9/10 Reference Recording - This one. "Ever since Brahms penned his masterful trio for clarinet, cello, and piano, numerous composers have been attracted to the rich timbral possibilities offered by this instrumental combination. The four-movement Trio by Wilhelm Berger (1861-1911) offers a less upholstered version of Brahms′ grounded cross-rhythms, plus felicitous registral intertwining between the cello and clarinet. Too bad the melodies aren′t especially memorable. The earnestly crafted but harmonically monotonous Serenade in F minor by Robert Kahn (1865-1951) seems longer than its actual 11-minute length. But the Clarinet Trio in A minor in the form of variations, composed by Hermann Zilcher (1881-1948), is an absolute gem--indeed, a masterpiece waiting to be dispicsed. The work is more Franco-Russian than German in thematic and harmonic character. It boasts gorgeous, translucent textures and wistful lyric strength, culminating in an unexpected light-hearted coda. While Hans Dietrich Klaus′ high clarinet notes have a pinched quality that prevents his long lines from fully soaring, he is no less sensitive a musician than his splendid partners. The Trio Paideia makes cogent cases for these pieces, and its flowingly dovetailed ensemble work will be admired by anyone interested in the fringes of the chamber repertoire."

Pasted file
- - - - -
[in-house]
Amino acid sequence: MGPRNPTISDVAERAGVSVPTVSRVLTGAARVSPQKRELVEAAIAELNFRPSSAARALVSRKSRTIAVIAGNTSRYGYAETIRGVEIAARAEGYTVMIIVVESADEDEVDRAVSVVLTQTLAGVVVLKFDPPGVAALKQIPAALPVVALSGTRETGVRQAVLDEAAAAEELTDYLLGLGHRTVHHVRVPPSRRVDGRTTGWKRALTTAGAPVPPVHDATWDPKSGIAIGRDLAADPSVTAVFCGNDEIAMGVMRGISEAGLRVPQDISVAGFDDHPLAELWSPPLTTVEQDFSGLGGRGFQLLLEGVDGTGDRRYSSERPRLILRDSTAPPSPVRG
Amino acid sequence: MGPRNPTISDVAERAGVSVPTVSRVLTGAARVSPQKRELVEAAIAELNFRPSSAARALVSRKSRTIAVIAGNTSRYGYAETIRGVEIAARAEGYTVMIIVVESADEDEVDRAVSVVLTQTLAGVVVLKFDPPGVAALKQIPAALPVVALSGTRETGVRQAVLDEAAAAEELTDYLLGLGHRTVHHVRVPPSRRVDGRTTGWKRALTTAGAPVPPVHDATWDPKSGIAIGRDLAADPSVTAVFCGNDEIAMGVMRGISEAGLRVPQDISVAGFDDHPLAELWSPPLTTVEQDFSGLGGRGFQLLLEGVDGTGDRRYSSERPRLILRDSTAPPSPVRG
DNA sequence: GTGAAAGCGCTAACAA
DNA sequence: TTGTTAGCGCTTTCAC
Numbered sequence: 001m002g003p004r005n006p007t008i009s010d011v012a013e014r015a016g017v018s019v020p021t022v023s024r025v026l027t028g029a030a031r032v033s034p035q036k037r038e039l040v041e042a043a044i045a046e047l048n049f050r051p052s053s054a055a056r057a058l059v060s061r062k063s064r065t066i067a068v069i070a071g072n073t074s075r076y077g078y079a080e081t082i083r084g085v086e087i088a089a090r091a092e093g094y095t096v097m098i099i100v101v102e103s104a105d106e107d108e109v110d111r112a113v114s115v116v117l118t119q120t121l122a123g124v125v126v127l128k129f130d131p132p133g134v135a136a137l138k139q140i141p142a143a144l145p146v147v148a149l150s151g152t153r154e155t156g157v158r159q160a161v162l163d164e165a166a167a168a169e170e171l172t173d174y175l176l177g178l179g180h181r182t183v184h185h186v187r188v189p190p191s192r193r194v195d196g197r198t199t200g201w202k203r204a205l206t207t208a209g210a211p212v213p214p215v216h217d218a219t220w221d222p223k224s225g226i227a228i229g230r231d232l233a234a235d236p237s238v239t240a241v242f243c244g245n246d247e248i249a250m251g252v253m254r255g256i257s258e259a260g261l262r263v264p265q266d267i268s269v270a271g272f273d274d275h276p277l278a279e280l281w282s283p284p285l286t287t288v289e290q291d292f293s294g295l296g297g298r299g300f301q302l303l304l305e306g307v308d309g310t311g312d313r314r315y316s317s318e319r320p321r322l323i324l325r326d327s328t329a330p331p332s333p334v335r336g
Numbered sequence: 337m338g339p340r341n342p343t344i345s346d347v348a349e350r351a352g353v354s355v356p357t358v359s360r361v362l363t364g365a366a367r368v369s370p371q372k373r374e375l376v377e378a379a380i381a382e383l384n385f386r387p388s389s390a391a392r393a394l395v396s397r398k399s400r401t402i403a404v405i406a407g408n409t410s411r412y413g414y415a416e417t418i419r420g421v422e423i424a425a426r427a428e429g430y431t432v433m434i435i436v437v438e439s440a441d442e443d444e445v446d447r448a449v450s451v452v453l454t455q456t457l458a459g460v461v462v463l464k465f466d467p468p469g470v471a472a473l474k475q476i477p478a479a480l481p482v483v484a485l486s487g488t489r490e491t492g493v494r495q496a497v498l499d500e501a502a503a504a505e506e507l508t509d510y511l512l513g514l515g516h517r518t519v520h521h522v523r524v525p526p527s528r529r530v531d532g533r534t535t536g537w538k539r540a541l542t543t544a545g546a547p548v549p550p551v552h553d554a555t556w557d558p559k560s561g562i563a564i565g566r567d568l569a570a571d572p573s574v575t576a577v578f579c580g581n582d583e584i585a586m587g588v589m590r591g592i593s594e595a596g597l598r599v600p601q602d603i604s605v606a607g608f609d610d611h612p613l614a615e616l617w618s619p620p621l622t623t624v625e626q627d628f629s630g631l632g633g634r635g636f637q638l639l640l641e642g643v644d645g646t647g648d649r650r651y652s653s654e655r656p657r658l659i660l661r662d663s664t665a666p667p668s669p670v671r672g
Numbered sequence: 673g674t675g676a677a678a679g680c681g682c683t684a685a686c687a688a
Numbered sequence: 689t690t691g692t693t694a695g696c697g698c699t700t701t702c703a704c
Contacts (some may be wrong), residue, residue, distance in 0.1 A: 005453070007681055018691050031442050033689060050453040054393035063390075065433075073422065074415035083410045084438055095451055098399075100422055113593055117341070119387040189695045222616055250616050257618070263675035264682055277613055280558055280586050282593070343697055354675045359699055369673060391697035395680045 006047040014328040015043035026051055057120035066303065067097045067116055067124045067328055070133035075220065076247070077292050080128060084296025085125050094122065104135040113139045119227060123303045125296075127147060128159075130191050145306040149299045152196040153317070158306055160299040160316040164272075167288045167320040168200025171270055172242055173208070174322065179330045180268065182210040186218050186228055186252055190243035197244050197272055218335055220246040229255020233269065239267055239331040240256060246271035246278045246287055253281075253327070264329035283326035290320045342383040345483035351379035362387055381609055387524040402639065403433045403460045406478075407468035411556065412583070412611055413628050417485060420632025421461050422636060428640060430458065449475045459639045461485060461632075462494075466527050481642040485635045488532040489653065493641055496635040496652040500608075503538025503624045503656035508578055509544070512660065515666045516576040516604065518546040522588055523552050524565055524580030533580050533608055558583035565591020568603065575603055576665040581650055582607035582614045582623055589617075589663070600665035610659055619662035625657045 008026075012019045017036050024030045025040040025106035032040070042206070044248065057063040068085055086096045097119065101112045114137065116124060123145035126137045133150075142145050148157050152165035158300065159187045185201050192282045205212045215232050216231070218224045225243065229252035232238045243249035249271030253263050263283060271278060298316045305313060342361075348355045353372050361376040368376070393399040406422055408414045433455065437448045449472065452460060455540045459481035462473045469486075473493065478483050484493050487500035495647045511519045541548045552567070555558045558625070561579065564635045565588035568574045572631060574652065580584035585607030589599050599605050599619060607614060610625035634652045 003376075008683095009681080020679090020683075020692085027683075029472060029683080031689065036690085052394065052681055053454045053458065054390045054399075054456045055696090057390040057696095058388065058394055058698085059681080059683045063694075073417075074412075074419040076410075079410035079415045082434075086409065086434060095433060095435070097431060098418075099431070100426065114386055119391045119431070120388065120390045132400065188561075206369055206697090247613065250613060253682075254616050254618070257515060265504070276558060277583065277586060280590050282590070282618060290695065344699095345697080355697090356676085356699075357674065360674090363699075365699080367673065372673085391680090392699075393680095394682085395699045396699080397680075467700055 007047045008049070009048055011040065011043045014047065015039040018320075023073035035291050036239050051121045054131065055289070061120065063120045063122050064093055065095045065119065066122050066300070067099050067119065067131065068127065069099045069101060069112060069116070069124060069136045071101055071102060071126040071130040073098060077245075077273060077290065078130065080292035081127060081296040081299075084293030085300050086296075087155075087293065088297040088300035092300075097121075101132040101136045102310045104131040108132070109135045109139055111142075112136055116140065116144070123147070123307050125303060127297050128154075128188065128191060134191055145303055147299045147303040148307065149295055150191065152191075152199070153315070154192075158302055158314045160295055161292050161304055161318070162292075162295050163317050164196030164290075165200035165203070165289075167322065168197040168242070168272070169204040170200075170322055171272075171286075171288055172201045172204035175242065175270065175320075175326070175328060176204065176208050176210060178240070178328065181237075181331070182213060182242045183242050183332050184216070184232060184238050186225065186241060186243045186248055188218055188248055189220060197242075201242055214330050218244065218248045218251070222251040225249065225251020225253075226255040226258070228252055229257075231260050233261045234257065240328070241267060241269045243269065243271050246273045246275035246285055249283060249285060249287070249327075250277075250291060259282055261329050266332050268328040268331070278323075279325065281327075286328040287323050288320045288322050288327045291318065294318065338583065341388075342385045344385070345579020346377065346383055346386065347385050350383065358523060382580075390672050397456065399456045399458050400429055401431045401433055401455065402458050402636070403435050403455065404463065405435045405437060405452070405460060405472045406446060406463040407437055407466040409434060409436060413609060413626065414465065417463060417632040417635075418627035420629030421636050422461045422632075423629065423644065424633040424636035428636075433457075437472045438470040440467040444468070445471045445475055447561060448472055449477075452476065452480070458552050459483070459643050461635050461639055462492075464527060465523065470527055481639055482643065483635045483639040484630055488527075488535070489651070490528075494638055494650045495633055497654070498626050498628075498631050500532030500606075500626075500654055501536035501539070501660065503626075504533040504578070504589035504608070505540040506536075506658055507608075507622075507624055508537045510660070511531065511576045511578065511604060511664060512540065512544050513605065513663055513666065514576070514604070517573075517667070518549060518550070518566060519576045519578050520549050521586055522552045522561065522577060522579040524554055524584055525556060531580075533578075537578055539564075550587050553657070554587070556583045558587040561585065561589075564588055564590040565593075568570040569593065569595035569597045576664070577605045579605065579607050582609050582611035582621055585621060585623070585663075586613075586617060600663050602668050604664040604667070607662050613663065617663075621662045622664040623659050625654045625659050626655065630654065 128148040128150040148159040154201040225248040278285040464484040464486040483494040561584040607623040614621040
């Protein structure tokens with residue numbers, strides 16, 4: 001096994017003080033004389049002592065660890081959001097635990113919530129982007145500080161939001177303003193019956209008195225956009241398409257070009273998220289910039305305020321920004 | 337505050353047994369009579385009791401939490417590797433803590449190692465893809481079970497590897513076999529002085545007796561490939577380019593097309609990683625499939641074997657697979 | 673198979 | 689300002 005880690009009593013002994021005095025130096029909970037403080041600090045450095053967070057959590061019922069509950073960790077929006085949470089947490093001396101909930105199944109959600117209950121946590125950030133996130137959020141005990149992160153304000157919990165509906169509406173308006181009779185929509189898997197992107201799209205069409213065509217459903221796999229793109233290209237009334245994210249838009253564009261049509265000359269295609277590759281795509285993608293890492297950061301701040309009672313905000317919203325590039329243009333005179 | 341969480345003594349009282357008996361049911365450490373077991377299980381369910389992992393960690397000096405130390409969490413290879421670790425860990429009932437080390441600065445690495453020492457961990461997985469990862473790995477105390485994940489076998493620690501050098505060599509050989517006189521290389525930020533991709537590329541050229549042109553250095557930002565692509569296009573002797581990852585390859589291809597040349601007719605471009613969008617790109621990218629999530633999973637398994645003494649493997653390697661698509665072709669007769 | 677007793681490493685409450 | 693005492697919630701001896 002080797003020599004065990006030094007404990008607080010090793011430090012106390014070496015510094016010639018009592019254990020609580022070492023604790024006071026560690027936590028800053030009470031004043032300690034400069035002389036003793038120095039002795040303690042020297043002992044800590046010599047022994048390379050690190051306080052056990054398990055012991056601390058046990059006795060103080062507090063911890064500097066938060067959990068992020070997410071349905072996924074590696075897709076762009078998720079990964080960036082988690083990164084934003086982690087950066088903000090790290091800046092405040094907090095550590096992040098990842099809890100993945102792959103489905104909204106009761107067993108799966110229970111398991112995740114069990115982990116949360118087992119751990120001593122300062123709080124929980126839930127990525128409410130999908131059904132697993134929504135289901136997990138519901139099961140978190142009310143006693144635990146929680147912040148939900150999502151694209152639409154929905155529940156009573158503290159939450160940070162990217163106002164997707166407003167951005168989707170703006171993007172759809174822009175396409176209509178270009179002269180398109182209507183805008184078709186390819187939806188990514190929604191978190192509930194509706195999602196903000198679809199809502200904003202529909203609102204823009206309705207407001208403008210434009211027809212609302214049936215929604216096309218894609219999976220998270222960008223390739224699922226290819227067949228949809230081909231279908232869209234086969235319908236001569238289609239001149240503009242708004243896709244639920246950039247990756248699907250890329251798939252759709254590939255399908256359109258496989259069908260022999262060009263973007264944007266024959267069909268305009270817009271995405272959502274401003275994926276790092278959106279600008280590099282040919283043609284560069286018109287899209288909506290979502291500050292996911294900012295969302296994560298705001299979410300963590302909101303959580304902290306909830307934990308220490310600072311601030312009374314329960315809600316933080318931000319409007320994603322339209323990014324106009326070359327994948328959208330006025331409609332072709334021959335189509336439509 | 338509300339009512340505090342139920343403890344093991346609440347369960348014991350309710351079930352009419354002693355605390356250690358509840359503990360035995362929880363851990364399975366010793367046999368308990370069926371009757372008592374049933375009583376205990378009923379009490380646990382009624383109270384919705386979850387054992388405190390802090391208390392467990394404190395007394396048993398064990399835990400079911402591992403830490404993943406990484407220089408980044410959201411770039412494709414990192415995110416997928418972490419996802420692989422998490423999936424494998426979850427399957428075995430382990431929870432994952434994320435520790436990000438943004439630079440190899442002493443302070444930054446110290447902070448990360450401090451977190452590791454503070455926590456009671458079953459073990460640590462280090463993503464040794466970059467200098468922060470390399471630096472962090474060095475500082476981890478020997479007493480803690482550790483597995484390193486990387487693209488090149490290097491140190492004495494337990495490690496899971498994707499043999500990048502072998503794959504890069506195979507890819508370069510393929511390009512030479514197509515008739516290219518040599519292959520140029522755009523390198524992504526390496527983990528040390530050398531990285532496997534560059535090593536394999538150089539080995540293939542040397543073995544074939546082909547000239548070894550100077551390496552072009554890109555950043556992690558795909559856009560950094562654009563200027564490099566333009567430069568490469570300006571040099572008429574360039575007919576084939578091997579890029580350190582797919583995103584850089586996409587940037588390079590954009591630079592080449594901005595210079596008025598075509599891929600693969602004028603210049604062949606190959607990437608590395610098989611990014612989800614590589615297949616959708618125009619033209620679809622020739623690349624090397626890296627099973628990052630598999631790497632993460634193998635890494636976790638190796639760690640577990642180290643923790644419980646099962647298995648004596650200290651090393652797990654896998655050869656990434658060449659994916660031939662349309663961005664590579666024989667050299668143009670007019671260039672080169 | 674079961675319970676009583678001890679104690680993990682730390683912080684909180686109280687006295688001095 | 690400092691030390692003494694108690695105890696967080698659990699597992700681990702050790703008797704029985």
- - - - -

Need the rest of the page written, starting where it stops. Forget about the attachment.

Jed Distler

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